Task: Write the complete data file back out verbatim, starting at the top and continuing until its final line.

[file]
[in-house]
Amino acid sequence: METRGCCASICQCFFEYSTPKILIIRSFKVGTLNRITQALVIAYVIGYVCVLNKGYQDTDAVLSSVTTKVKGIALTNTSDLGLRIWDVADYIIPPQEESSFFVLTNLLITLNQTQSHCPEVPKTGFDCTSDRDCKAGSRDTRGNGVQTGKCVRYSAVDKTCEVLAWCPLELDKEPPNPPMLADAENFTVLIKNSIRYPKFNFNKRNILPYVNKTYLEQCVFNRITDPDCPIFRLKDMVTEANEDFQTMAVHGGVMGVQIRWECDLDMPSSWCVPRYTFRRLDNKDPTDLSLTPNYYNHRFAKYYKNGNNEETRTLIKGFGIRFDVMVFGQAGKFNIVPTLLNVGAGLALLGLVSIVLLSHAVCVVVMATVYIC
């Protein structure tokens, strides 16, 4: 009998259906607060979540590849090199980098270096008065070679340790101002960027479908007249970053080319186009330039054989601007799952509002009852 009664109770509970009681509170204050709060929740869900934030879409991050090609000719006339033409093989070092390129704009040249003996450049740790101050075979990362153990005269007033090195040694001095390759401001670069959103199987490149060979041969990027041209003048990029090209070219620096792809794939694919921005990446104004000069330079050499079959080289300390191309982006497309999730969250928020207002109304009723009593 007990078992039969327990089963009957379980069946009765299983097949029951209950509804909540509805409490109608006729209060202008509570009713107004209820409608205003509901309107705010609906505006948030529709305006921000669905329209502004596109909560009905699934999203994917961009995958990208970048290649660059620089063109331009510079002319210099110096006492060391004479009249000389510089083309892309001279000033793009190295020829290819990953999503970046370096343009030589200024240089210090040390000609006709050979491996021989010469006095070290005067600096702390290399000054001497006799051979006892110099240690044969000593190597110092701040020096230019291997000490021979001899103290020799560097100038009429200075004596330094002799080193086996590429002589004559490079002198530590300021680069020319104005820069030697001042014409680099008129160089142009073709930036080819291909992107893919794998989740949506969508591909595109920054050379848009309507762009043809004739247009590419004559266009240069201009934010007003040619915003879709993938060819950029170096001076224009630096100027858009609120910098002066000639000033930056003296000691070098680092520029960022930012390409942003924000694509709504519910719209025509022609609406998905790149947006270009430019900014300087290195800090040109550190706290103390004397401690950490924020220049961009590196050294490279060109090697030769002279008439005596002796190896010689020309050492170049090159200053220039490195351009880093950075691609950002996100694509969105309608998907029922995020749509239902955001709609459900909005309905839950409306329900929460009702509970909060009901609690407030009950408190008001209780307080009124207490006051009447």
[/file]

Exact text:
[in-house]
Amino acid sequence: METRGCCASICQCFFEYSTPKILIIRSFKVGTLNRITQALVIAYVIGYVCVLNKGYQDTDAVLSSVTTKVKGIALTNTSDLGLRIWDVADYIIPPQEESSFFVLTNLLITLNQTQSHCPEVPKTGFDCTSDRDCKAGSRDTRGNGVQTGKCVRYSAVDKTCEVLAWCPLELDKEPPNPPMLADAENFTVLIKNSIRYPKFNFNKRNILPYVNKTYLEQCVFNRITDPDCPIFRLKDMVTEANEDFQTMAVHGGVMGVQIRWECDLDMPSSWCVPRYTFRRLDNKDPTDLSLTPNYYNHRFAKYYKNGNNEETRTLIKGFGIRFDVMVFGQAGKFNIVPTLLNVGAGLALLGLVSIVLLSHAVCVVVMATVYIC
């Protein structure tokens, strides 16, 4: 009998259906607060979540590849090199980098270096008065070679340790101002960027479908007249970053080319186009330039054989601007799952509002009852 009664109770509970009681509170204050709060929740869900934030879409991050090609000719006339033409093989070092390129704009040249003996450049740790101050075979990362153990005269007033090195040694001095390759401001670069959103199987490149060979041969990027041209003048990029090209070219620096792809794939694919921005990446104004000069330079050499079959080289300390191309982006497309999730969250928020207002109304009723009593 007990078992039969327990089963009957379980069946009765299983097949029951209950509804909540509805409490109608006729209060202008509570009713107004209820409608205003509901309107705010609906505006948030529709305006921000669905329209502004596109909560009905699934999203994917961009995958990208970048290649660059620089063109331009510079002319210099110096006492060391004479009249000389510089083309892309001279000033793009190295020829290819990953999503970046370096343009030589200024240089210090040390000609006709050979491996021989010469006095070290005067600096702390290399000054001497006799051979006892110099240690044969000593190597110092701040020096230019291997000490021979001899103290020799560097100038009429200075004596330094002799080193086996590429002589004559490079002198530590300021680069020319104005820069030697001042014409680099008129160089142009073709930036080819291909992107893919794998989740949506969508591909595109920054050379848009309507762009043809004739247009590419004559266009240069201009934010007003040619915003879709993938060819950029170096001076224009630096100027858009609120910098002066000639000033930056003296000691070098680092520029960022930012390409942003924000694509709504519910719209025509022609609406998905790149947006270009430019900014300087290195800090040109550190706290103390004397401690950490924020220049961009590196050294490279060109090697030769002279008439005596002796190896010689020309050492170049090159200053220039490195351009880093950075691609950002996100694509969105309608998907029922995020749509239902955001709609459900909005309905839950409306329900929460009702509970909060009901609690407030009950408190008001209780307080009124207490006051009447």